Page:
"This neck muscle acts like a rider pulling on the reins of a horse's bridle," explained Snively. "If the muscle on one side contracts, it would turn the head in that direction, but if the muscles on both sides pull, it pulls the head straight back."
But the analysis of Allosaurus revealed that the longissimus muscle attached much lower on the skull, which, according to the engineering analyses, would have caused "head ventroflexion followed by retraction."
"Allosaurus was uniquely equipped to drive its head down into prey, hold it there, and then pull the head straight up and back with the neck and body, tearing flesh from the carcass … kind of like how a power shovel or backhoe rips into the ground," Snively said.
In the animal world, this same de-fleshing technique is used by small falcons, such as kestrels.
Tyrannosaurs like T. rex, on the other hand, were engineered to use a grab-and-shake technique to tear off hunks of flesh, more like a crocodile.
But the team's engineering analyses revealed a cost to T. rex's feeding style: high rotational inertia. That large bony and toothy skull perched at the end of the neck made it hard for T. rex to speed up or slow down its head or to change its course as it swung its head around.
Allosaurus, however, had a relatively very light head, which the team discovered as they restored the soft tissues and air sinuses.
Having a lot of mass sitting far away from the axis of head turning, as in T. rex, increases rotational inertia, whereas having a lighter head, as in Allosaurus, decreases rotational inertia, the researchers explained. An ice skater spins faster and faster as she tucks her arms and legs into her body, decreasing her rotational inertia as the mass of her limbs moves closer to the axis of spinning.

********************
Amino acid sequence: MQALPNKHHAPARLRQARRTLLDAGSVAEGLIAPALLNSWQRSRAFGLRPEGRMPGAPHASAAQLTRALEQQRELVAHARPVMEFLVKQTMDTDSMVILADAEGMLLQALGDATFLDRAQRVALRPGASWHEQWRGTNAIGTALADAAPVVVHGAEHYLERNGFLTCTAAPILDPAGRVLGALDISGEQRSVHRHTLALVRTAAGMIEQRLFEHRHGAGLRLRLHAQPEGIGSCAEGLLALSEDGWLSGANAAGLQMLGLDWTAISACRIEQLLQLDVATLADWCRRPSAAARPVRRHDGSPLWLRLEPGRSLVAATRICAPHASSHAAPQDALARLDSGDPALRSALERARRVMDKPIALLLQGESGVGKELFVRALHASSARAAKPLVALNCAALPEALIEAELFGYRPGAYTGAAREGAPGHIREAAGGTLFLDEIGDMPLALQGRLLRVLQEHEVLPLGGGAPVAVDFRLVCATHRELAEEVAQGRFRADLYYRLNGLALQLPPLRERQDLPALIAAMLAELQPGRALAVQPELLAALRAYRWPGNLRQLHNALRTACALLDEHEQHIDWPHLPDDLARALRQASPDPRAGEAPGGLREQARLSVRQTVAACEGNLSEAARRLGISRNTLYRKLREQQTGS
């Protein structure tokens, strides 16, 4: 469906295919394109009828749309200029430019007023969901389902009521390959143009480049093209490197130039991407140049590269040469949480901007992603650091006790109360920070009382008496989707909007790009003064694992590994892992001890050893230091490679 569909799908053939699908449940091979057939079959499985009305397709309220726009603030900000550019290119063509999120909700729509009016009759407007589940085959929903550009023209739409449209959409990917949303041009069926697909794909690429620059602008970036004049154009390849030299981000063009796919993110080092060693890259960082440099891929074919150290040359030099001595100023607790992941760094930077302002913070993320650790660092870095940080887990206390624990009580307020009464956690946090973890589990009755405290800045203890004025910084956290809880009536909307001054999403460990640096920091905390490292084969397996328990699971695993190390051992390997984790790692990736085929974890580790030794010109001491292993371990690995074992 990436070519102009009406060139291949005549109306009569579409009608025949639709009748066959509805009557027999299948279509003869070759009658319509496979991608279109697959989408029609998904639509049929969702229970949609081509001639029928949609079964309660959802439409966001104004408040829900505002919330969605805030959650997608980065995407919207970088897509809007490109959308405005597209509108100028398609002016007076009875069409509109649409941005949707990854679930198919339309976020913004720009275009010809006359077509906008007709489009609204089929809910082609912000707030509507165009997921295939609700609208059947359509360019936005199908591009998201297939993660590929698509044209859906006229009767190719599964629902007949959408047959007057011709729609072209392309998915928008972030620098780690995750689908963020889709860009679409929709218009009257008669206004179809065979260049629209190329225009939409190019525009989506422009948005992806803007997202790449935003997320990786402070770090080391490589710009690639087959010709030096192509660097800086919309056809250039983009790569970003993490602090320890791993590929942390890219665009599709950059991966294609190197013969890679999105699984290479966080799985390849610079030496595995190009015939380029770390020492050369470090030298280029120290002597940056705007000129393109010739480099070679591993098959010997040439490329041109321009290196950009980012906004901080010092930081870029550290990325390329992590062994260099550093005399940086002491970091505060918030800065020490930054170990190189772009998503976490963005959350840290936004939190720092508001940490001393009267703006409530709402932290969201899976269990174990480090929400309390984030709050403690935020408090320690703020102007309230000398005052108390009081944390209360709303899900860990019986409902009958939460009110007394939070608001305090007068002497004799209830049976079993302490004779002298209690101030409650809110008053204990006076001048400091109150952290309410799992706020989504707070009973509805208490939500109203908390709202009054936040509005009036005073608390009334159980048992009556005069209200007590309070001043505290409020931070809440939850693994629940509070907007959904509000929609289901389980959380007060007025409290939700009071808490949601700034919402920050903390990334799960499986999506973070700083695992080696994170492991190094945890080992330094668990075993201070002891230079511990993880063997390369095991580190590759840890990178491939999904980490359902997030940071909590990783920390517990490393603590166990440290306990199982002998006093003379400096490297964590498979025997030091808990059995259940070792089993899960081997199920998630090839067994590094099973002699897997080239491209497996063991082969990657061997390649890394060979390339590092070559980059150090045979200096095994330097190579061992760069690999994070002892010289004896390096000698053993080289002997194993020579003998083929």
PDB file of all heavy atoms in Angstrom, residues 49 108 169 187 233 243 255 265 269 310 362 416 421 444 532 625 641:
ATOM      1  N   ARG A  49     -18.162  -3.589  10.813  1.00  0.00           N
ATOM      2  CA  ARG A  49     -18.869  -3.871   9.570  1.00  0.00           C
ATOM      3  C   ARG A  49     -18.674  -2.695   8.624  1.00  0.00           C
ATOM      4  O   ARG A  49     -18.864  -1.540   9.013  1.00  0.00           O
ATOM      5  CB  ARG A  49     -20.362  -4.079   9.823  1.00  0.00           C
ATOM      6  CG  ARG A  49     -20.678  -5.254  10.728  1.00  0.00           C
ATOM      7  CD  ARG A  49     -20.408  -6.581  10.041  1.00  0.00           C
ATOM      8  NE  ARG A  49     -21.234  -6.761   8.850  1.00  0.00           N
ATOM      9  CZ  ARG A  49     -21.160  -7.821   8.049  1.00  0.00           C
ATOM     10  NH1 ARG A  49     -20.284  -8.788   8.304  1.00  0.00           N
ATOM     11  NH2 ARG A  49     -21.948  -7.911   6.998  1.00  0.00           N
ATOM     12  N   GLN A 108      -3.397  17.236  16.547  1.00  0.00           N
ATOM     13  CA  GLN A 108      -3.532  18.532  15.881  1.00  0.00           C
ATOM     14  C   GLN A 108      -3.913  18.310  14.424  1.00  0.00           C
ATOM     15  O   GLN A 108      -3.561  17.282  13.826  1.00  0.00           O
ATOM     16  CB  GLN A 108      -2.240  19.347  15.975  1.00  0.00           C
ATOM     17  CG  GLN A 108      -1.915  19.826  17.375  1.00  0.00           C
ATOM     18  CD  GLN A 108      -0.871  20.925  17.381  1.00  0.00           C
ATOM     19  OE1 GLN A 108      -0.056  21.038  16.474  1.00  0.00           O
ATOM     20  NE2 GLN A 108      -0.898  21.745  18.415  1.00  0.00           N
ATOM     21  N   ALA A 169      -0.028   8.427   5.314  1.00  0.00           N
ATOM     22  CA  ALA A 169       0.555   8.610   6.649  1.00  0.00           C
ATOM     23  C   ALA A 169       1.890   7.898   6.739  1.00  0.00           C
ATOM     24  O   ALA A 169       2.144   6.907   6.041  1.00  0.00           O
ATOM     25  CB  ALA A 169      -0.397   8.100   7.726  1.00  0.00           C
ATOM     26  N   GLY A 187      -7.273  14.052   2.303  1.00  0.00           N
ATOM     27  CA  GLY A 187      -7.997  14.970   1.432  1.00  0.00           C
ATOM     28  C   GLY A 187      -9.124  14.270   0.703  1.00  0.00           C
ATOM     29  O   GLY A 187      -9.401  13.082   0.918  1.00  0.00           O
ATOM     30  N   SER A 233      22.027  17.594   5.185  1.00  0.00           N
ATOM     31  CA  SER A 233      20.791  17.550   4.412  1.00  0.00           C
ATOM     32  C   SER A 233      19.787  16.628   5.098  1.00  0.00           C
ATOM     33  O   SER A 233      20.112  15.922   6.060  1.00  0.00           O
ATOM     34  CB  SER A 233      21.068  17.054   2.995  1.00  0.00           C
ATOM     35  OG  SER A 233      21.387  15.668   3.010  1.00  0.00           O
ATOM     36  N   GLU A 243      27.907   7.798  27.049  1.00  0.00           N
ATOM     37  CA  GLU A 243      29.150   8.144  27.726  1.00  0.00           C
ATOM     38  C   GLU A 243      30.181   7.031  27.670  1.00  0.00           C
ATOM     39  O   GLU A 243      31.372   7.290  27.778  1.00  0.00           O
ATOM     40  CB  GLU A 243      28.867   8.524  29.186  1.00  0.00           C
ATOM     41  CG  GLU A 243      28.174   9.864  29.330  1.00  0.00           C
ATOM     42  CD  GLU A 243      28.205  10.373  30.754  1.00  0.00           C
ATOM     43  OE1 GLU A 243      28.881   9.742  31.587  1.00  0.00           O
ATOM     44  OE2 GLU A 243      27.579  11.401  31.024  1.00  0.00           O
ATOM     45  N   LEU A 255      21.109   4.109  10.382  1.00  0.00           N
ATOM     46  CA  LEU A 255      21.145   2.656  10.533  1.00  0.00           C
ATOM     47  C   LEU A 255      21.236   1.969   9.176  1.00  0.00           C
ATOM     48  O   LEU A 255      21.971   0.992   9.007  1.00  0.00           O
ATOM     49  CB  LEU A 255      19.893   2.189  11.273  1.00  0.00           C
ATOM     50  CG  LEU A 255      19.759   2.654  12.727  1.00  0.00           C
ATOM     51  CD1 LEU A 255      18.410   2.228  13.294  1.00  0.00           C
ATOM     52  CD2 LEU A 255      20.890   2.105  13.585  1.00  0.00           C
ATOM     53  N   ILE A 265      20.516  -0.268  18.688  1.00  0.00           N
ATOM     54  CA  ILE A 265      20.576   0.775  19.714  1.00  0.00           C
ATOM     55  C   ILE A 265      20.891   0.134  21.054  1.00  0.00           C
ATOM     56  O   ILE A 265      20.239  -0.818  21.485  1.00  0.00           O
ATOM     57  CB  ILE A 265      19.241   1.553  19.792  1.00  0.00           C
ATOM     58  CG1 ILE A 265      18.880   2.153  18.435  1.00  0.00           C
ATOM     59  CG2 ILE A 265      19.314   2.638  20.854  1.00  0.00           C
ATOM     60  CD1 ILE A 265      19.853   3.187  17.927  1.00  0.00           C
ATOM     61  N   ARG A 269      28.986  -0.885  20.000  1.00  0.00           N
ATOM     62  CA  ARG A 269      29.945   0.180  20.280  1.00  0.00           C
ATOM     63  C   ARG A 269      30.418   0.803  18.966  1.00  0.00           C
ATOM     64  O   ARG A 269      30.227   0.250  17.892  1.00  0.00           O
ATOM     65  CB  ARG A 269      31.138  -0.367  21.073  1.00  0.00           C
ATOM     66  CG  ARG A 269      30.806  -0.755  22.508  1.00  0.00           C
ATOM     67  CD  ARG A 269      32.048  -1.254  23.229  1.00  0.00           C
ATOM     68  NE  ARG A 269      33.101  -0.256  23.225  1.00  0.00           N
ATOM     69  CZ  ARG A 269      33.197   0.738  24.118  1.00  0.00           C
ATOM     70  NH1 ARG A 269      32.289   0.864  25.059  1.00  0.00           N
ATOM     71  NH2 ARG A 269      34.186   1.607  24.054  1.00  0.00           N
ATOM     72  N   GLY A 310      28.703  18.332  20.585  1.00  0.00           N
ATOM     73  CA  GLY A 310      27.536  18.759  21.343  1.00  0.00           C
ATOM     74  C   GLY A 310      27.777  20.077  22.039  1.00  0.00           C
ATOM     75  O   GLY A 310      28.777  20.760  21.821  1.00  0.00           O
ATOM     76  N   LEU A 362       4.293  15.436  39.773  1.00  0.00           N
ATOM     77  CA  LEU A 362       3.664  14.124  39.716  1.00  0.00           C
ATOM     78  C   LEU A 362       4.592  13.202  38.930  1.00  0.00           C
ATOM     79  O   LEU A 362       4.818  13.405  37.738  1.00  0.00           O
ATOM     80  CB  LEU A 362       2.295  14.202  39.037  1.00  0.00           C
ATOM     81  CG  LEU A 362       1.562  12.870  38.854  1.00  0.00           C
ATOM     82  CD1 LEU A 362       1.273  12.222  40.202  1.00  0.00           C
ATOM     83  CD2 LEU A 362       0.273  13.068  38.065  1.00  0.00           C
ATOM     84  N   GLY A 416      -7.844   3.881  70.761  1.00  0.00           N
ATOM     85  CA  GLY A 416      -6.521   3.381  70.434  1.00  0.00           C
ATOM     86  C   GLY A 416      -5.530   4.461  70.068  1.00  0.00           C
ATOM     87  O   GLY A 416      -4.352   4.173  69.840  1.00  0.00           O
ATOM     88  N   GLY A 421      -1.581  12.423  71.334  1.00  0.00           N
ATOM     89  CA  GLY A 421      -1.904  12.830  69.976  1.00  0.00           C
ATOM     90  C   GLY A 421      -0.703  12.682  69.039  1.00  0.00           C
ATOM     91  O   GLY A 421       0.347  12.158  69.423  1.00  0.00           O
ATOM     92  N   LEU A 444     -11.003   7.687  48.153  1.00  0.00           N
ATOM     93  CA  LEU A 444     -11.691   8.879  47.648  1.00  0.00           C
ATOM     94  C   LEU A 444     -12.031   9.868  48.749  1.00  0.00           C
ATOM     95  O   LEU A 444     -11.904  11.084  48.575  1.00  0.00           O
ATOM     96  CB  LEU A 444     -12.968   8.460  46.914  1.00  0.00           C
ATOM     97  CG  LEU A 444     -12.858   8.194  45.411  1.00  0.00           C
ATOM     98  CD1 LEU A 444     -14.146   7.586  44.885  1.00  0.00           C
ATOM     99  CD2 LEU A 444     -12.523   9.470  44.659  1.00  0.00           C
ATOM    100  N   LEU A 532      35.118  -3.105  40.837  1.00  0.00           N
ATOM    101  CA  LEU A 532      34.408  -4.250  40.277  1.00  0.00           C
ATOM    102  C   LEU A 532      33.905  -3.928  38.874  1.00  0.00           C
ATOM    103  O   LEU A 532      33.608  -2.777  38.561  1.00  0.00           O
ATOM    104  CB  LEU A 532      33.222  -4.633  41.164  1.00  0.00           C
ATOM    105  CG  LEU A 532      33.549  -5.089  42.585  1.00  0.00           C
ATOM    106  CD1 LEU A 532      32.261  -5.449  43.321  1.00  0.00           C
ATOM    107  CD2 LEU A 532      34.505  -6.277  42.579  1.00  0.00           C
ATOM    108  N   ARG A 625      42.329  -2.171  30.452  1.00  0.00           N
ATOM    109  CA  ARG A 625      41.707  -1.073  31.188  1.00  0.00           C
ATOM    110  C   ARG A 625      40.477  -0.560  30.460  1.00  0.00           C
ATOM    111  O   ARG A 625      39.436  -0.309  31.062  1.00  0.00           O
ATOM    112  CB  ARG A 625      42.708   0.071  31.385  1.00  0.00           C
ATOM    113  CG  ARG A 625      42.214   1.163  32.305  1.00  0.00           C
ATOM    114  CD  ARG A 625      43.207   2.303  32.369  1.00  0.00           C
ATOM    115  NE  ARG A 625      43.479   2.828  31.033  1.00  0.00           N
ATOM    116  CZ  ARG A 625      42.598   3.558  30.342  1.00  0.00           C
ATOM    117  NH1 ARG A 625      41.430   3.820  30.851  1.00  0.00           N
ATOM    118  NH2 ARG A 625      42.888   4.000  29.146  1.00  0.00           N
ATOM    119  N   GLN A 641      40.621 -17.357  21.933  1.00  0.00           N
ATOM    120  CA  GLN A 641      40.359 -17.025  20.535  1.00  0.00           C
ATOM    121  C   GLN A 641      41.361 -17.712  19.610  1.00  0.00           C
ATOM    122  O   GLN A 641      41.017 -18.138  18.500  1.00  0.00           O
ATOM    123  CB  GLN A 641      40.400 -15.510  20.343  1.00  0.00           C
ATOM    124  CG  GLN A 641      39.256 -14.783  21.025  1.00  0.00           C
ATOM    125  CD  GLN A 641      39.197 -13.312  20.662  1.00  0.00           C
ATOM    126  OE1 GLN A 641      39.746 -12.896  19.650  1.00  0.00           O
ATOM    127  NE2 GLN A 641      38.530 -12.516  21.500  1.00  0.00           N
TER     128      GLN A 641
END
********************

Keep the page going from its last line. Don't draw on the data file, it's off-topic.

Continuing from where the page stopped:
"Allosaurus, with its lighter head and neck, was like a skater who starts spinning with her arms tucked in," said Snively, "whereas T. rex, with its massive head and neck and heavy teeth out front, was more like the skater with her arms fully extended … and holding bowling balls in her hands. She and the T. rex need a lot more muscle force to get going."
The end result is that Allosaurus was a much more flexible hunter that could move its head and neck around relatively rapidly and with considerable control. That control, however, came at the cost of brute-force power, requiring a de-fleshing style that, like a falcon, recruited the whole neck and body to strip flesh from the bones.
The Ohio University team will continue to use their engineering approach to explore additional differences in dinosaur feeding styles.
The scientific article is freely available (open-access) on the Palaeontologia Electronica site. The research was funded by National Science Foundation grants to Lawrence Witmer and Ryan Ridgely, as well as by the Department of Mechanical Engineering in the Russ College of Engineering and Technology (John Cotton and Eric Snively) and the Heritage College of Osteopathic Medicine (Witmer, Ridgely and Snively).
For more information, visit http://www.oucom.ohiou.edu/dbms-witmer/Allosaurus_mechanics.htm.